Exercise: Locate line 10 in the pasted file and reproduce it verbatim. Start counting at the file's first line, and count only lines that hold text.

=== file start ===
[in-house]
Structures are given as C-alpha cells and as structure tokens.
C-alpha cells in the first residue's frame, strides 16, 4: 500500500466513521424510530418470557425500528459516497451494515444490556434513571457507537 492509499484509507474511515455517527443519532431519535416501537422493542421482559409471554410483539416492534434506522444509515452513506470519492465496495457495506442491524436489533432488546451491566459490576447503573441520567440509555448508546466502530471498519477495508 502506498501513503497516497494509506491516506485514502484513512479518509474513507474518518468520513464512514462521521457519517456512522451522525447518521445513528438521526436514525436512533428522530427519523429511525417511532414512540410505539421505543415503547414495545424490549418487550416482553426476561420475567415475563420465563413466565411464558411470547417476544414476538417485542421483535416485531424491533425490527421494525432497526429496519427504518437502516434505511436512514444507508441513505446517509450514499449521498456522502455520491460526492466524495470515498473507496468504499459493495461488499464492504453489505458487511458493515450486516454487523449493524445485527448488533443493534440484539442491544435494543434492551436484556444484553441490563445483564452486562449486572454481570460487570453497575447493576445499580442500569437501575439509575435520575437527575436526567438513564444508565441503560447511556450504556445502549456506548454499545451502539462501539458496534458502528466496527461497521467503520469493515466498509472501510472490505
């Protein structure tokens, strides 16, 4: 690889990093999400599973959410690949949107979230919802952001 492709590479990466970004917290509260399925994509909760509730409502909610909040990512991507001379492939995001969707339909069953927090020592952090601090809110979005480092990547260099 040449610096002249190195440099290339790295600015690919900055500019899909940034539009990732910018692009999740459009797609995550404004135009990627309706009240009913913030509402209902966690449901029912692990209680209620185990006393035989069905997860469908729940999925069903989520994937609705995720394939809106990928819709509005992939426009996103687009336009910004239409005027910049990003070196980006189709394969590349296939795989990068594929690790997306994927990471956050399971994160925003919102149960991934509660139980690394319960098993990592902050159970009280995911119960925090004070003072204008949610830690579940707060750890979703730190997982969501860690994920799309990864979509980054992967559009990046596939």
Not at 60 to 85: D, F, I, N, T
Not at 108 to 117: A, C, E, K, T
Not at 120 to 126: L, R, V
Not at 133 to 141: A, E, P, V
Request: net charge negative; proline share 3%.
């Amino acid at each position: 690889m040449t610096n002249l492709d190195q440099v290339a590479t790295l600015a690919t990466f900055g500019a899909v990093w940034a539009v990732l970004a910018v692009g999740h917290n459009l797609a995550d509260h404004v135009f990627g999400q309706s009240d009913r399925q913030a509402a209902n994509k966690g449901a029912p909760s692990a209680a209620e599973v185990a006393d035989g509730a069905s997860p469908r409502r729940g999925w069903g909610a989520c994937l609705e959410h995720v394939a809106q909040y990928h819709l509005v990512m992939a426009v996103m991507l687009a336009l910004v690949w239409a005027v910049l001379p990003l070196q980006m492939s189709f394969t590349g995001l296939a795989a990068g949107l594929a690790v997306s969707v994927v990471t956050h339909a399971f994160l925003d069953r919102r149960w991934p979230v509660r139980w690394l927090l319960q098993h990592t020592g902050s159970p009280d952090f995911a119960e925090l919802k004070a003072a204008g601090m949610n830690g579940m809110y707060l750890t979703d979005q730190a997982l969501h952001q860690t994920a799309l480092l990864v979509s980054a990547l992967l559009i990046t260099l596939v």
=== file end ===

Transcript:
């Amino acid at each position: 690889m040449t610096n002249l492709d190195q440099v290339a590479t790295l600015a690919t990466f900055g500019a899909v990093w940034a539009v990732l970004a910018v692009g999740h917290n459009l797609a995550d509260h404004v135009f990627g999400q309706s009240d009913r399925q913030a509402a209902n994509k966690g449901a029912p909760s692990a209680a209620e599973v185990a006393d035989g509730a069905s997860p469908r409502r729940g999925w069903g909610a989520c994937l609705e959410h995720v394939a809106q909040y990928h819709l509005v990512m992939a426009v996103m991507l687009a336009l910004v690949w239409a005027v910049l001379p990003l070196q980006m492939s189709f394969t590349g995001l296939a795989a990068g949107l594929a690790v997306s969707v994927v990471t956050h339909a399971f994160l925003d069953r919102r149960w991934p979230v509660r139980w690394l927090l319960q098993h990592t020592g902050s159970p009280d952090f995911a119960e925090l919802k004070a003072a204008g601090m949610n830690g579940m809110y707060l750890t979703d979005q730190a997982l969501h952001q860690t994920a799309l480092l990864v979509s980054a990547l992967l559009i990046t260099l596939v």